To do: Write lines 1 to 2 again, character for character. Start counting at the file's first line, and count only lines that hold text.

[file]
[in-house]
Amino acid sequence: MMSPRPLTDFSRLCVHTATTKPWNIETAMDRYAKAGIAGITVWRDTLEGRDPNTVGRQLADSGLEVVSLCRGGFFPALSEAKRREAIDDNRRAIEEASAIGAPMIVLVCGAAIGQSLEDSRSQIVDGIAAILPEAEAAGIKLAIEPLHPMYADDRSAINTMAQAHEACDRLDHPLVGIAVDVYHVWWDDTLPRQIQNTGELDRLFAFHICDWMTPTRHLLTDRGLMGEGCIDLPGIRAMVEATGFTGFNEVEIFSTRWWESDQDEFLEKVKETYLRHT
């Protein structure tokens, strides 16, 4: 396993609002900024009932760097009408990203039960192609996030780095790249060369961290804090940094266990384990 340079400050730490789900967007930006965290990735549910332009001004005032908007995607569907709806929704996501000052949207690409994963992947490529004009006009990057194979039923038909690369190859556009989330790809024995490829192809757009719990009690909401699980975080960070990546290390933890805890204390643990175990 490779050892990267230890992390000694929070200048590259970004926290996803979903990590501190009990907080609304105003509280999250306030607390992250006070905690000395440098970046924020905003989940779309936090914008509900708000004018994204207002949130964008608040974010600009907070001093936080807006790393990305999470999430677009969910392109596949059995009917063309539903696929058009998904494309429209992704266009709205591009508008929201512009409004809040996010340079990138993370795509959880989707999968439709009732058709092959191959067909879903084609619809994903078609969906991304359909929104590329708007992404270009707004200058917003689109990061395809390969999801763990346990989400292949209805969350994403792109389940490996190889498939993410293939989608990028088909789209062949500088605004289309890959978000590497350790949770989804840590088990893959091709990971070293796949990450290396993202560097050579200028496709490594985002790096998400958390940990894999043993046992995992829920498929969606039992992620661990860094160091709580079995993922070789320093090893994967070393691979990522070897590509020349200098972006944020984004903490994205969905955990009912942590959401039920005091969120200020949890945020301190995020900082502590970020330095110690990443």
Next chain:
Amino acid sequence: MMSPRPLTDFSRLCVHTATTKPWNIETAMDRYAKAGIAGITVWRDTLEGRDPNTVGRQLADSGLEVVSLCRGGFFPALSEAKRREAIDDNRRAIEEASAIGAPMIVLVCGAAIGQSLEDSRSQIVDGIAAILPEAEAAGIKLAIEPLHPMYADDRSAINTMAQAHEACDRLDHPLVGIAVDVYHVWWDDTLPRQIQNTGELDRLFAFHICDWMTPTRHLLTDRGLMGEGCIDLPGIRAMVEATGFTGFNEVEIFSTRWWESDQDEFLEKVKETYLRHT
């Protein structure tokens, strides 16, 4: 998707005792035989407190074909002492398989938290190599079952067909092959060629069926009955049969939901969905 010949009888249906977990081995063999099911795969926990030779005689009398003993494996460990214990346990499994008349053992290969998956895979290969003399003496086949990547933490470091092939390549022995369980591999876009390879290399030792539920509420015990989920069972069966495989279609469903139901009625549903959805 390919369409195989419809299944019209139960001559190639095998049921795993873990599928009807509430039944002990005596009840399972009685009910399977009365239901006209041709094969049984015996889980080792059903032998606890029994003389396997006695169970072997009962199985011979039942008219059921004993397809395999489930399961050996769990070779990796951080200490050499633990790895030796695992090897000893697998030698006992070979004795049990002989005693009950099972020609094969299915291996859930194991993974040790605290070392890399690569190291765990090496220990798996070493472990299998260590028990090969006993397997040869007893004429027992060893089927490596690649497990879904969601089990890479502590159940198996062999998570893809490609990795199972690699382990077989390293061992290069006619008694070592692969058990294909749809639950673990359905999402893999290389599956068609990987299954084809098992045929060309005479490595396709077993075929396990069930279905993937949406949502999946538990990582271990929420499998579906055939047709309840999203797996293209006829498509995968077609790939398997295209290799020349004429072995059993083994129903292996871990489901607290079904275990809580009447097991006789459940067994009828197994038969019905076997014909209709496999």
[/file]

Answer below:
[in-house]
Amino acid sequence: MMSPRPLTDFSRLCVHTATTKPWNIETAMDRYAKAGIAGITVWRDTLEGRDPNTVGRQLADSGLEVVSLCRGGFFPALSEAKRREAIDDNRRAIEEASAIGAPMIVLVCGAAIGQSLEDSRSQIVDGIAAILPEAEAAGIKLAIEPLHPMYADDRSAINTMAQAHEACDRLDHPLVGIAVDVYHVWWDDTLPRQIQNTGELDRLFAFHICDWMTPTRHLLTDRGLMGEGCIDLPGIRAMVEATGFTGFNEVEIFSTRWWESDQDEFLEKVKETYLRHT